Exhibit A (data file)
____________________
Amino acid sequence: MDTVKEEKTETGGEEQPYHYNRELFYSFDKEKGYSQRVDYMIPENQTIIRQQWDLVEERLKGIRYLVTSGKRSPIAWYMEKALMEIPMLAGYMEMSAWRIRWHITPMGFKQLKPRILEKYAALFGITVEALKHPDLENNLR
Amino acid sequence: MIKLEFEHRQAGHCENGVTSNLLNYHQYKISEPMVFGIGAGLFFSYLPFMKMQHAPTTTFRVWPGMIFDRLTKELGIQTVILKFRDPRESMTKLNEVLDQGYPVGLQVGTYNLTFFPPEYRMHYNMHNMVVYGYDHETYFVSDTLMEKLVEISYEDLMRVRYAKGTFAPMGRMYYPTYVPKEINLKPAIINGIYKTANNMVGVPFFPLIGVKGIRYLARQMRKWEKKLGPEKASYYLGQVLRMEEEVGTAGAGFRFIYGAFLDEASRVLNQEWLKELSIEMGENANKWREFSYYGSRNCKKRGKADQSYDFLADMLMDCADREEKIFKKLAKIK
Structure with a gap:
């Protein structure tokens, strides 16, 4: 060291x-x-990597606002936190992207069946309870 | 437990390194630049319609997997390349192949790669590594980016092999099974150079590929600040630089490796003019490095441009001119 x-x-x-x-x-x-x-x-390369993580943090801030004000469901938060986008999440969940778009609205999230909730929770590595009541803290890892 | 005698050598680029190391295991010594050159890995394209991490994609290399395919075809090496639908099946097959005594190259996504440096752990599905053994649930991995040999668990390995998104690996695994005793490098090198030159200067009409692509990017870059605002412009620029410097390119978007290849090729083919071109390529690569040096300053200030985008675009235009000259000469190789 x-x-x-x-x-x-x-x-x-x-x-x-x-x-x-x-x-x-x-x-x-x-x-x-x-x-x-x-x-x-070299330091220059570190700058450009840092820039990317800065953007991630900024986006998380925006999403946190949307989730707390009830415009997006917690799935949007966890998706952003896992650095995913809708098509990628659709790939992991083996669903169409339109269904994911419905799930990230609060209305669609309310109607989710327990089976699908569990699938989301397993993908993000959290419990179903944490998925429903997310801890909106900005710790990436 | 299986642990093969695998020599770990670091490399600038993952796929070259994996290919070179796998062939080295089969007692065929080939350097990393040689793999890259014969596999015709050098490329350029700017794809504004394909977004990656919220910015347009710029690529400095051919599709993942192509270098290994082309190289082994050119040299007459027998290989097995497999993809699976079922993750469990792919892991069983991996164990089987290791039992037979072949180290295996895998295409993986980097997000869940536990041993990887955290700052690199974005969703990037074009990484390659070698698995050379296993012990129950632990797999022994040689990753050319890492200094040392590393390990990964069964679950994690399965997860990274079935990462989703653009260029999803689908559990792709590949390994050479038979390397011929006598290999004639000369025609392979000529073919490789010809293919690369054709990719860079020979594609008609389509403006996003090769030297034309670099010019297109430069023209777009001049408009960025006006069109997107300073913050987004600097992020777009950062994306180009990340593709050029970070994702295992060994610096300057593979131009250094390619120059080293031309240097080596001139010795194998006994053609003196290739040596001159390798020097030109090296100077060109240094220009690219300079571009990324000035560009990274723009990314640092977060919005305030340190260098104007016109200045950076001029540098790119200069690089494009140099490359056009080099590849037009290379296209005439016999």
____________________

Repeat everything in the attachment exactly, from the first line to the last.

Amino acid sequence: MDTVKEEKTETGGEEQPYHYNRELFYSFDKEKGYSQRVDYMIPENQTIIRQQWDLVEERLKGIRYLVTSGKRSPIAWYMEKALMEIPMLAGYMEMSAWRIRWHITPMGFKQLKPRILEKYAALFGITVEALKHPDLENNLR
Amino acid sequence: MIKLEFEHRQAGHCENGVTSNLLNYHQYKISEPMVFGIGAGLFFSYLPFMKMQHAPTTTFRVWPGMIFDRLTKELGIQTVILKFRDPRESMTKLNEVLDQGYPVGLQVGTYNLTFFPPEYRMHYNMHNMVVYGYDHETYFVSDTLMEKLVEISYEDLMRVRYAKGTFAPMGRMYYPTYVPKEINLKPAIINGIYKTANNMVGVPFFPLIGVKGIRYLARQMRKWEKKLGPEKASYYLGQVLRMEEEVGTAGAGFRFIYGAFLDEASRVLNQEWLKELSIEMGENANKWREFSYYGSRNCKKRGKADQSYDFLADMLMDCADREEKIFKKLAKIK
Structure with a gap:
């Protein structure tokens, strides 16, 4: 060291x-x-990597606002936190992207069946309870 | 437990390194630049319609997997390349192949790669590594980016092999099974150079590929600040630089490796003019490095441009001119 x-x-x-x-x-x-x-x-390369993580943090801030004000469901938060986008999440969940778009609205999230909730929770590595009541803290890892 | 005698050598680029190391295991010594050159890995394209991490994609290399395919075809090496639908099946097959005594190259996504440096752990599905053994649930991995040999668990390995998104690996695994005793490098090198030159200067009409692509990017870059605002412009620029410097390119978007290849090729083919071109390529690569040096300053200030985008675009235009000259000469190789 x-x-x-x-x-x-x-x-x-x-x-x-x-x-x-x-x-x-x-x-x-x-x-x-x-x-x-x-x-x-070299330091220059570190700058450009840092820039990317800065953007991630900024986006998380925006999403946190949307989730707390009830415009997006917690799935949007966890998706952003896992650095995913809708098509990628659709790939992991083996669903169409339109269904994911419905799930990230609060209305669609309310109607989710327990089976699908569990699938989301397993993908993000959290419990179903944490998925429903997310801890909106900005710790990436 | 299986642990093969695998020599770990670091490399600038993952796929070259994996290919070179796998062939080295089969007692065929080939350097990393040689793999890259014969596999015709050098490329350029700017794809504004394909977004990656919220910015347009710029690529400095051919599709993942192509270098290994082309190289082994050119040299007459027998290989097995497999993809699976079922993750469990792919892991069983991996164990089987290791039992037979072949180290295996895998295409993986980097997000869940536990041993990887955290700052690199974005969703990037074009990484390659070698698995050379296993012990129950632990797999022994040689990753050319890492200094040392590393390990990964069964679950994690399965997860990274079935990462989703653009260029999803689908559990792709590949390994050479038979390397011929006598290999004639000369025609392979000529073919490789010809293919690369054709990719860079020979594609008609389509403006996003090769030297034309670099010019297109430069023209777009001049408009960025006006069109997107300073913050987004600097992020777009950062994306180009990340593709050029970070994702295992060994610096300057593979131009250094390619120059080293031309240097080596001139010795194998006994053609003196290739040596001159390798020097030109090296100077060109240094220009690219300079571009990324000035560009990274723009990314640092977060919005305030340190260098104007016109200045950076001029540098790119200069690089494009140099490359056009080099590849037009290379296209005439016999």